The Movement actually gathered a lot of steam, collecting thousands of members and lots of discussion. Fundraisers were hosted, and crowdfunding was put to work. Coca-Cola, clearly impressed with the efforts of passionate fans, joined the conversation.

As a result of the efforts of some Facebook-utilizing fans with deep loyalties to Surge, as of 2018, Surge is now available in Coca-Cola Freestyle machines and exclusively offered at Burger King. There are flavors of the soda now as well, and you can choose from Cherry, Grape, Vanilla, and Zero Sugar, along with the original citrus flavor.

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Burger King also makes Frozen Surge as a limited-edition slushy. This slushy product comes back from time to time and occasionally makes its way into corner stores at Valero gas stations as well. Cinemark theaters also were able to distribute the slushy product in 20017 for a short time, calling it Surge Frozen.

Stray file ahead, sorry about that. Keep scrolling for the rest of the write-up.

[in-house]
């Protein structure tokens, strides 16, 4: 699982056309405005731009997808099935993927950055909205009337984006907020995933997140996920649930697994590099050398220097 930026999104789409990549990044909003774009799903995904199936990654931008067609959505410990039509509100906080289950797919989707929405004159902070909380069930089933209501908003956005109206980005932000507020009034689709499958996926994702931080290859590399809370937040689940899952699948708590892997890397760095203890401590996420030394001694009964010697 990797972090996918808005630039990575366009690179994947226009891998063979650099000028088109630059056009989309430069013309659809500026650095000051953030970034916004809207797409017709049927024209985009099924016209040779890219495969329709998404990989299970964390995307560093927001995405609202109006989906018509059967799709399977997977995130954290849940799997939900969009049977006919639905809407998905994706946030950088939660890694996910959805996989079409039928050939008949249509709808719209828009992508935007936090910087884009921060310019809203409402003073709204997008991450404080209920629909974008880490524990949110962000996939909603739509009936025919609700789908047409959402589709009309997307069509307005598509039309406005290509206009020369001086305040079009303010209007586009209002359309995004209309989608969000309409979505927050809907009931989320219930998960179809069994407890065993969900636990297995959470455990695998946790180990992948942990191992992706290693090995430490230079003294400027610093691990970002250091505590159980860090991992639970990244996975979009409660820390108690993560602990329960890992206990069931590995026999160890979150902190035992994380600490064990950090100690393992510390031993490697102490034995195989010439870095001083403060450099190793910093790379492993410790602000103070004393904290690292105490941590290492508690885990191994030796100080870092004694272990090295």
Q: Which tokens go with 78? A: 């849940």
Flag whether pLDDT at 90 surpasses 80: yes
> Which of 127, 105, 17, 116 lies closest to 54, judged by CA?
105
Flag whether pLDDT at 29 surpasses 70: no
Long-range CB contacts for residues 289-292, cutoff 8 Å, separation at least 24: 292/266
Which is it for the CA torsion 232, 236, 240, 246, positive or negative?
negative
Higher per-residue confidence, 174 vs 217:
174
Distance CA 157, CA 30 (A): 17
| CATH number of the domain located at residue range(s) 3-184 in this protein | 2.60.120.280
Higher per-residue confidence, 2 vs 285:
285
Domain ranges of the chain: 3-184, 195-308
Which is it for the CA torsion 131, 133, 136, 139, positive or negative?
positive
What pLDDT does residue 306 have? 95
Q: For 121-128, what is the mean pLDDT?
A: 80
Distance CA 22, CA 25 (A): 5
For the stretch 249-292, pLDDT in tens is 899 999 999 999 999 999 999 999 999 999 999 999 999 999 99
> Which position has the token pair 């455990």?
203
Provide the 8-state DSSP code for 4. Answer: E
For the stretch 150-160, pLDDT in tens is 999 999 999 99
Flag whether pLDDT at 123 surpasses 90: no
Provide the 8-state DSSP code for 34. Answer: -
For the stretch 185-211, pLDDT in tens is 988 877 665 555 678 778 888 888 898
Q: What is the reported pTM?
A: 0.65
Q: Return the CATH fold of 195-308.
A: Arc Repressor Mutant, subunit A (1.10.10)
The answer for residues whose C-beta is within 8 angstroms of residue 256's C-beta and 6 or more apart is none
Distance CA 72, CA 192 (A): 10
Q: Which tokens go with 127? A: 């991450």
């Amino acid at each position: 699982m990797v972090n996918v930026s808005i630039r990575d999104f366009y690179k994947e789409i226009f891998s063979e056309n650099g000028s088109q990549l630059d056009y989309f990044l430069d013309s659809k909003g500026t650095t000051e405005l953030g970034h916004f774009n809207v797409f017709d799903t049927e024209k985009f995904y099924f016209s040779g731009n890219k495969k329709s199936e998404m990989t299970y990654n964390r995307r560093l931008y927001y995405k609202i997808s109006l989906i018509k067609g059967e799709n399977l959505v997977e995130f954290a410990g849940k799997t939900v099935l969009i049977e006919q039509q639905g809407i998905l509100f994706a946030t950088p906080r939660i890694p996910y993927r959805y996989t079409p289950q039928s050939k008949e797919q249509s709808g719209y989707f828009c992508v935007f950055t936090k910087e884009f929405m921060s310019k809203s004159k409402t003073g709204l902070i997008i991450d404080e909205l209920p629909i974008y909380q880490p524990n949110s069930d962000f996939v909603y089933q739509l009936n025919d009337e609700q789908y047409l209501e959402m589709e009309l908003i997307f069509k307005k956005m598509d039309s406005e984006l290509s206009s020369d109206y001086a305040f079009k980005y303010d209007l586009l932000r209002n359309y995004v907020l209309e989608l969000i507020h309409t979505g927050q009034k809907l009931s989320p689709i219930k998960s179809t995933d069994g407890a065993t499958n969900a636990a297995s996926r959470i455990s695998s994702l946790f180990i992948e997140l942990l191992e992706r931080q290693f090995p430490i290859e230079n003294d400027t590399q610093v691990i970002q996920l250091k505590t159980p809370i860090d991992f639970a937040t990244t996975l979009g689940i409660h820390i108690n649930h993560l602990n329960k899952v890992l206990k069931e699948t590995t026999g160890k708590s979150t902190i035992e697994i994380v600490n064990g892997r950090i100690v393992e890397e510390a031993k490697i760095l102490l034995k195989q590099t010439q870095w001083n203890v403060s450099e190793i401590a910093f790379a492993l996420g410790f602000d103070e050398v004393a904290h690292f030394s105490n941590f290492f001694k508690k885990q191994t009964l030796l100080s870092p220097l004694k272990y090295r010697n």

It’s not clear if Surge will survive well into the future like the Surge Movement creators desired. However, for the moment, the supply is kept stocked in Burger King locations, and you can often find it for sale online. 

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Surge Marketing

In the early days, Surge was marketed to appeal almost exclusively to older teens. Most of the classic ads that people remember best, included someone setting up an obstacle course of some kind and then reverently placing a can of Surge at the end of the gauntlet. This person would then yell, and the participants in the race would crash, climb, fight, and leap to get to the Surge at the end of the gauntlet.

Classic commercials showed people climbing over couches, running down slippery and wet hallways, and fighting tooth and nail to be the one to claim the Surge bottle at the end of the race. This Mad Max-style commercial clearly connected with kids, and Surge was a big hit during the years when the advertising slogan for the soda was , “Feed the Rush”.